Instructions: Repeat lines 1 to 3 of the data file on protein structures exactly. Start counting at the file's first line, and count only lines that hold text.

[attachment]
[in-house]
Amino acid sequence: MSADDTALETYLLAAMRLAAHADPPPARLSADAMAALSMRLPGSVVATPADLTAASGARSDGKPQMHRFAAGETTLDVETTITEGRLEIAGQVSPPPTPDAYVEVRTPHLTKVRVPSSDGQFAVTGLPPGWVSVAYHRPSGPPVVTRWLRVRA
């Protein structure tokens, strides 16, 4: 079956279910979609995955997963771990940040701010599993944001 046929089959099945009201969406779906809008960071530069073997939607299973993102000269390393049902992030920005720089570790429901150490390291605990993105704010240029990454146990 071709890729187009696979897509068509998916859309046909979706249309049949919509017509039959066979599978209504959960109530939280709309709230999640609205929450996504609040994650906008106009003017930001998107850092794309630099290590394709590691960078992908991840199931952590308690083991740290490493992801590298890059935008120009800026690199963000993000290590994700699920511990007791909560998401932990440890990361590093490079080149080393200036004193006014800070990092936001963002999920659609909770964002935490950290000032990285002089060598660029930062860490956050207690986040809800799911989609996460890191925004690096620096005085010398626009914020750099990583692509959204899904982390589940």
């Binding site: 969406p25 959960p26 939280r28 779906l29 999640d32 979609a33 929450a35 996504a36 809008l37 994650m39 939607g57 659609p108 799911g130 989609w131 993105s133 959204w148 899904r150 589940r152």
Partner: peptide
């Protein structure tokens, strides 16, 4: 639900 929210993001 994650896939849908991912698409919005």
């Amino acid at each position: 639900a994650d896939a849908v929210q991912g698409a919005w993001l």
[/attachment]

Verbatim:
[in-house]
Amino acid sequence: MSADDTALETYLLAAMRLAAHADPPPARLSADAMAALSMRLPGSVVATPADLTAASGARSDGKPQMHRFAAGETTLDVETTITEGRLEIAGQVSPPPTPDAYVEVRTPHLTKVRVPSSDGQFAVTGLPPGWVSVAYHRPSGPPVVTRWLRVRA
């Protein structure tokens, strides 16, 4: 079956279910979609995955997963771990940040701010599993944001 046929089959099945009201969406779906809008960071530069073997939607299973993102000269390393049902992030920005720089570790429901150490390291605990993105704010240029990454146990 071709890729187009696979897509068509998916859309046909979706249309049949919509017509039959066979599978209504959960109530939280709309709230999640609205929450996504609040994650906008106009003017930001998107850092794309630099290590394709590691960078992908991840199931952590308690083991740290490493992801590298890059935008120009800026690199963000993000290590994700699920511990007791909560998401932990440890990361590093490079080149080393200036004193006014800070990092936001963002999920659609909770964002935490950290000032990285002089060598660029930062860490956050207690986040809800799911989609996460890191925004690096620096005085010398626009914020750099990583692509959204899904982390589940």